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The Ups are Ups and The Downs are Down

Oct
11
2004

The L.A. Times ran a very good story over the weekend about the rising volatility of household incomes. Americans are making more when they earn but their incomes can vary wildly from year to year. It’s a nice thorough bit of reporting and it raises – or it should raise – a lot of questions about public policy.
But I’m betting it won’t. Politicians don’t have volatile incomes. Republicans are too busy rewarding corporations without regard for employees. Democrats are too hooked up with what unions want and unions are having a very hard time with all this self-employed new economy stuff. They can’t see the relationship between the lack of sympathy their getting, Wal-mart’s triumphs and the rise of the self-employed workforce. Even the people profiled in the Times story – and the reporter – didn’t seem to know what to do about this new fact of economic life: There are big dry spells between pay days and everybody’s got to look out, first and foremost, for themselves. ’cause no one else will.


Here on the edge of Silicon Valley these sorts of up and downs are taken as part of the inevitable boom and bust that characterizes the tech economy. We’re at the beginning of an upswing right now but for many it’s been a long dry spell between pay-outs. Notice that I didn’t say “jobs.” There are a lot of ways to get paid around here. Salary is considered the least attractive.
The valley deals with volatility by granting equity. No, it doesn’t give stock to everyone. And yes, that’s not fair. But it distributes enough to the well-connected, the clever, the smart, and the fast to keep things humming along. That’s why the stock options fight in Congress has been so important to Silicon Valley a point that’s underlined by Paul Graham’s marvelous and smart essay “What the Bubble Got Right.”
Now, Silicon Valley isn’t known for its sympathy or social services. It’s pretty much run by the well-off children of America’s better neighborhoods and suburbs and their feel for the repercussions of tough economic choices is blunted by their prosperity. These are the people I call “Progressive Libertarians” and as the architects of this new economy – the one with the big surges in income – they have benefited disproportionately. The guy who goes without a salary for two years while he builds a company – a company he then sells for an amount equal to five year’s salary – has little feel for folks who can’t get funded, don’t have the resources to go without, or simply think that such a way of life is too risky.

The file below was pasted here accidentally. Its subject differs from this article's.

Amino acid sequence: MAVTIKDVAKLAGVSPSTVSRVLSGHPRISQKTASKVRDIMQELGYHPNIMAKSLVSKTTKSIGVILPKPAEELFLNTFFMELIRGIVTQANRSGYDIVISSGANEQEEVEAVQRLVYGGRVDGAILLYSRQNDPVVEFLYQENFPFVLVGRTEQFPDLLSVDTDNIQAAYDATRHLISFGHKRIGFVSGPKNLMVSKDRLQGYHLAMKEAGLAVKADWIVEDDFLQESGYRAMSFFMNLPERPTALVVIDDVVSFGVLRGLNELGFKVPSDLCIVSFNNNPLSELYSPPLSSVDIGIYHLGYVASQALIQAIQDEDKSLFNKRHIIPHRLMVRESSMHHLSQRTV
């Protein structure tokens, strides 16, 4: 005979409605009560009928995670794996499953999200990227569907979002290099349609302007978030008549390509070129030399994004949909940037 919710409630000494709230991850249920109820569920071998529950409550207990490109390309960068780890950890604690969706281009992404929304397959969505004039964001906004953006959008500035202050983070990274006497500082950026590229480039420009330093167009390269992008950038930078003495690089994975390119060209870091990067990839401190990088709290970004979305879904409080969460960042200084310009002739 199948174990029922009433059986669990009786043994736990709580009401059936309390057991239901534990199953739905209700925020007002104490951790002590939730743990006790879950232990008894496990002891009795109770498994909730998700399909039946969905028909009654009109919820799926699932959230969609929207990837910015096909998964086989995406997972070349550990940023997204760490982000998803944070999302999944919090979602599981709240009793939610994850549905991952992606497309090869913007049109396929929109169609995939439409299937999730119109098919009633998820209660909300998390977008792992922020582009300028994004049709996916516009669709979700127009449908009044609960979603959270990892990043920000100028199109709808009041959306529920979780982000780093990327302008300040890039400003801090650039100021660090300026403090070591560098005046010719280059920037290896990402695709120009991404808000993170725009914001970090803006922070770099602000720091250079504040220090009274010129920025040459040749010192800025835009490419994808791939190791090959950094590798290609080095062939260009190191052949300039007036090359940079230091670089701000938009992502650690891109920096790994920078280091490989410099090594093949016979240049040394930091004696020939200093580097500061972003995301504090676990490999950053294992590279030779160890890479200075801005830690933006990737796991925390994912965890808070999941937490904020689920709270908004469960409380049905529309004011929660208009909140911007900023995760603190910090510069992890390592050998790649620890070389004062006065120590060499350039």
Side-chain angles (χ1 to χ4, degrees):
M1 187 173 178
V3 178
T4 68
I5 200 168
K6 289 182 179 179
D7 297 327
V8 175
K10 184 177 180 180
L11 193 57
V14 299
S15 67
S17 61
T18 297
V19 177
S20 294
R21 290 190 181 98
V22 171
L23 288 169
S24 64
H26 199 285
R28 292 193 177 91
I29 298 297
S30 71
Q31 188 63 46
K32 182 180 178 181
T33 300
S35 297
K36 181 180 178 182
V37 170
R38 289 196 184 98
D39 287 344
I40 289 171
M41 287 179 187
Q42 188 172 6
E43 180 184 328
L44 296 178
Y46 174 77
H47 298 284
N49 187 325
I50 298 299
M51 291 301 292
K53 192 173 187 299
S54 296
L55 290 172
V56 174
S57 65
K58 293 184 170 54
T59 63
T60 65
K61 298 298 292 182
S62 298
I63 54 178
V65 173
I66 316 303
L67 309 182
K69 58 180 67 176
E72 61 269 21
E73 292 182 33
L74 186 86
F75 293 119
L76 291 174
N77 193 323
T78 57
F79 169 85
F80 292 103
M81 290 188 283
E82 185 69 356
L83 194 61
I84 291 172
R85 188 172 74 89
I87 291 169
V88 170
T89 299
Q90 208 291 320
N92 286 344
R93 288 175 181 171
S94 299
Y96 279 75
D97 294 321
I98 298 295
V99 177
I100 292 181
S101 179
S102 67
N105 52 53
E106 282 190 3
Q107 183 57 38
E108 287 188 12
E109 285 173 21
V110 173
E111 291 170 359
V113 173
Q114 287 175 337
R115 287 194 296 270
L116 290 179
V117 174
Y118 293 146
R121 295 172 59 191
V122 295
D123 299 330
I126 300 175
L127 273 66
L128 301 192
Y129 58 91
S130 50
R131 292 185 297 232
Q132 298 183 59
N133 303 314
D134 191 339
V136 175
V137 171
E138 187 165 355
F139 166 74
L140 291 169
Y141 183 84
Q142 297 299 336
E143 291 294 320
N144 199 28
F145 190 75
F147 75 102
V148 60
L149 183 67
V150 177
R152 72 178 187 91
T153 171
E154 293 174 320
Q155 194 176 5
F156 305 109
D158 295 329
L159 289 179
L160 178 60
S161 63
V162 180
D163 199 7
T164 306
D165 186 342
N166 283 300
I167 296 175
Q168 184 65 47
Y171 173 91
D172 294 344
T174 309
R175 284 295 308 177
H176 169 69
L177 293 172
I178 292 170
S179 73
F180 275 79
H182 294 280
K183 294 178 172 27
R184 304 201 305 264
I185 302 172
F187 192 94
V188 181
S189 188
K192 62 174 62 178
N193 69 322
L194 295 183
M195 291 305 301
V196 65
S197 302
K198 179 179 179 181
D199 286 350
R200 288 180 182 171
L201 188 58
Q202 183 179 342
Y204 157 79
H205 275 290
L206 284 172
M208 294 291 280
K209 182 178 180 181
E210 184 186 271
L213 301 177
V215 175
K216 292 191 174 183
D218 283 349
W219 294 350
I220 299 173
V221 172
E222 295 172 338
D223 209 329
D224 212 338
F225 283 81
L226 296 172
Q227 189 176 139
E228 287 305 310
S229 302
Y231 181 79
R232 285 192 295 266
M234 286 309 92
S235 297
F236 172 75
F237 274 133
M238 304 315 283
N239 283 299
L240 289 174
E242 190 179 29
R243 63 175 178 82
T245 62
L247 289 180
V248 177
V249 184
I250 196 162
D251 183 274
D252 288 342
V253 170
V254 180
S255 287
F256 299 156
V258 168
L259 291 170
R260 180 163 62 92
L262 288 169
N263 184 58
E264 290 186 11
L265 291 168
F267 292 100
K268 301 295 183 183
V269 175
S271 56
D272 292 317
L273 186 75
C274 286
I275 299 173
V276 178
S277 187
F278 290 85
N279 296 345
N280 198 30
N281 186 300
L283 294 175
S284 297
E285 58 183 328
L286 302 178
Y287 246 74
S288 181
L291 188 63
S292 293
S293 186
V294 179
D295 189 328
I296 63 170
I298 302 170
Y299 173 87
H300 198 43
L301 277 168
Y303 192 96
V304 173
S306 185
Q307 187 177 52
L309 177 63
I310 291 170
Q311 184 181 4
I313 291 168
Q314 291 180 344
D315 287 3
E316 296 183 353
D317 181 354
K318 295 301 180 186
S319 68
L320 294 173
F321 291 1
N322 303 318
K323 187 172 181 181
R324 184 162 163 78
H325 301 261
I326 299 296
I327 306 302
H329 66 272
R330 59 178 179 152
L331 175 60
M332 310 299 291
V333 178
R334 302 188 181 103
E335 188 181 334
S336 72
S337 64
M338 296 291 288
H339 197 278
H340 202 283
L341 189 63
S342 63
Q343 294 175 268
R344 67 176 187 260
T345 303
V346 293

Many of these people are shocked to see this sort of stuff said about them; it makes them sound callous and uncaring. That’s not the case. But many are, particularly when it comes to the economic consequences at work now in this country, coldly inconsiderate. It’s not inconsideration in the social sense, of course. It’s a business decision. But that makes it no warmer. And that’s a problem.
There seems to be lots of evidence that this on and off prosperity is here to stay and that “brand of you” idea touted through the Tech Bubble has a dark and scary side. Clearly something has to be done to help folks who don’t have a venture capitalist in their pocket to help weather the hard times. What to do? Tax and other sorts of economic reforms should be put in place not just to let employees keep benefits – not just retirement funds and medical insurance but equity, distributed equally – and find ways of building safety nets for the downturns.
That’s not easy and it’s not something that our current spate of politicians is going to want to think about, not clearly. The creeping business-oriented moderation that espoused by many Progressive Libertarians doesn’t lay enough stress on the “taking care” part of social services. Regardless, their time is coming. Fast. Silicon Valley prides itself on innovation. With good reason. But it’s time the economic change embraced and fostered here is treated not as some sort of quirky fad factory that can be dismissed out of hand.

Share  Posted by Chris Nolan at 1:31 PM | Permalink

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